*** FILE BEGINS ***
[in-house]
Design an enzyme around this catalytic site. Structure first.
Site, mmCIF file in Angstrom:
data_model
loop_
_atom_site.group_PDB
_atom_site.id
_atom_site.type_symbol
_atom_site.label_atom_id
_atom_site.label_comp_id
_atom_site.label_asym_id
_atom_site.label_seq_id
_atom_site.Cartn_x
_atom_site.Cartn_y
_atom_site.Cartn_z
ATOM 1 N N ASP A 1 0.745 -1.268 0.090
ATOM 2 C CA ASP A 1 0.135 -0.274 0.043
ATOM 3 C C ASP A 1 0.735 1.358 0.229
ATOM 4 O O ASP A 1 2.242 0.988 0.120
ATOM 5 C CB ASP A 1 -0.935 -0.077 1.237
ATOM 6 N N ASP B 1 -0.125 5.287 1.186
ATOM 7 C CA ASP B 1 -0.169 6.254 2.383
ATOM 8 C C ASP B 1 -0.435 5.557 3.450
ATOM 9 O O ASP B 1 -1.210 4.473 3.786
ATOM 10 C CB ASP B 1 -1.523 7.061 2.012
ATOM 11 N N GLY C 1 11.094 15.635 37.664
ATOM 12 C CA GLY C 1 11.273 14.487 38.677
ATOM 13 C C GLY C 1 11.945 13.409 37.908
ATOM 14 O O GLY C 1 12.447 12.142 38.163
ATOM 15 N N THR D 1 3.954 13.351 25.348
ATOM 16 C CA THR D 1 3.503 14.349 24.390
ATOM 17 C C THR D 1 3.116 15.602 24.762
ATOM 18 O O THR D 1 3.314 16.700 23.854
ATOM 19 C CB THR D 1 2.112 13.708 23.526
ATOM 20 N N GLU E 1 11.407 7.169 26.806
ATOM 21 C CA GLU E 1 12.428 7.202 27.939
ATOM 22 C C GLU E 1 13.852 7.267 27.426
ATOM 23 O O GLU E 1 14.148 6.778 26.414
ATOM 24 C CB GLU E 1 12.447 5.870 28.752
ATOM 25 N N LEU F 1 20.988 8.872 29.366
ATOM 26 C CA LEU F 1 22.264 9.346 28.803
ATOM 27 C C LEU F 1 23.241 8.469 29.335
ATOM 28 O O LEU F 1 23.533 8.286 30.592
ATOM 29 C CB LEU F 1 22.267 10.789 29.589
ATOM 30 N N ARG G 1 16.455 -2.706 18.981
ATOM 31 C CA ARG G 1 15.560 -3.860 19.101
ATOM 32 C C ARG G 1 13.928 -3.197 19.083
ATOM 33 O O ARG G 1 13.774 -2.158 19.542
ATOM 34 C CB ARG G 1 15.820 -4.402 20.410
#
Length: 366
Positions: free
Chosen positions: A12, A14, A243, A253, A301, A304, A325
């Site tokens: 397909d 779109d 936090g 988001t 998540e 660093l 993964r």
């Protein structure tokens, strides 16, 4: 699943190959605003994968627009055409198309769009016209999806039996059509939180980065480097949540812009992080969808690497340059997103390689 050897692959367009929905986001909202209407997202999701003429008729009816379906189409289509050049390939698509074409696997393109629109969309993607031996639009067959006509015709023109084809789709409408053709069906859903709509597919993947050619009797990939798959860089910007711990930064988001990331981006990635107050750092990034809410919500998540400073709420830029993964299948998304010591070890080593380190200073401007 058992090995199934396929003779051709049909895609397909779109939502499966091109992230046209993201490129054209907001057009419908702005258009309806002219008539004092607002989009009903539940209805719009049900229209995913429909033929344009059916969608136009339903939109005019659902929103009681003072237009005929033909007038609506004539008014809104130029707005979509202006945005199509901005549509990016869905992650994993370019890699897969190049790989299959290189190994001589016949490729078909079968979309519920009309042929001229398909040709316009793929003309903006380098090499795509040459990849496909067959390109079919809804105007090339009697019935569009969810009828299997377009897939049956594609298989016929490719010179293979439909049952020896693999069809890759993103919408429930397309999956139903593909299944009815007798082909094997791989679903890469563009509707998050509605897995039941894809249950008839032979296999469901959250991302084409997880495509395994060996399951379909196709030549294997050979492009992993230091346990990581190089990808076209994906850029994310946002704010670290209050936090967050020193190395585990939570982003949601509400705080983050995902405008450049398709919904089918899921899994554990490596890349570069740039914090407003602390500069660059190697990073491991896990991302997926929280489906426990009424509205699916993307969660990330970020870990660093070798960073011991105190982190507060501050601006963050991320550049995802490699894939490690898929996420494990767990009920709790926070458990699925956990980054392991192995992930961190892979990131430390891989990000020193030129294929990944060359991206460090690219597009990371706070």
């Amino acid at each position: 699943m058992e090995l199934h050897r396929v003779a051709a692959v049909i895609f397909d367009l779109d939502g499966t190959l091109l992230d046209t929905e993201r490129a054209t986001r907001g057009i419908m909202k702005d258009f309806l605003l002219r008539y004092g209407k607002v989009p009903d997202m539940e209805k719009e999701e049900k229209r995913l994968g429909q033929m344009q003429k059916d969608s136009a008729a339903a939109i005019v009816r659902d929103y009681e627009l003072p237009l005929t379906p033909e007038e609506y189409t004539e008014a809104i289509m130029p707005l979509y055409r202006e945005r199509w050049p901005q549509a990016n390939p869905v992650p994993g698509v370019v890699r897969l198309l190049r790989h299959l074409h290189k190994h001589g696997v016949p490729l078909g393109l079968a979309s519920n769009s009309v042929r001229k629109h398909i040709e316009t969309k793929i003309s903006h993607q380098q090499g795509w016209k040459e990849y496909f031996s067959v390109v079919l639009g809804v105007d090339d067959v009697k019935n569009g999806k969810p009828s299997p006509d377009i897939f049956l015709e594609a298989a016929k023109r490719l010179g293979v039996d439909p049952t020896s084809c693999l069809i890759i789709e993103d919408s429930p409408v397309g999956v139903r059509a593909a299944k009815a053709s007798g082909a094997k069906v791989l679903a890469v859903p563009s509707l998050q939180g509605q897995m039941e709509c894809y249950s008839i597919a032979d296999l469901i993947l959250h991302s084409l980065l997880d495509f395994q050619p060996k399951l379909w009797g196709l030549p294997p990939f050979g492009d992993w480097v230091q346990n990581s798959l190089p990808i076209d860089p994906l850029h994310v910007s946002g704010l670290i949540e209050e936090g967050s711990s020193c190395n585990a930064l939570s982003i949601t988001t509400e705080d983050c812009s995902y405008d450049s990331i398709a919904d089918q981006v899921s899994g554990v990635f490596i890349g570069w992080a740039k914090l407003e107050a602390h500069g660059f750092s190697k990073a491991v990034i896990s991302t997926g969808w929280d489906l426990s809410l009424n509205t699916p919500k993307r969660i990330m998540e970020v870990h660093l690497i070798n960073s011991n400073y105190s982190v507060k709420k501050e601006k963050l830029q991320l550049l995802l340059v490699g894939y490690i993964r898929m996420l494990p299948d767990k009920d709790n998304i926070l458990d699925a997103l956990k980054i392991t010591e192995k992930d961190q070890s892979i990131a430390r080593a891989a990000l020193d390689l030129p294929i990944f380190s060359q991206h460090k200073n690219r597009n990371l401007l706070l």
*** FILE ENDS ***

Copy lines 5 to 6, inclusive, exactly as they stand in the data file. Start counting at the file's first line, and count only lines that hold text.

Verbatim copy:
loop_
_atom_site.group_PDB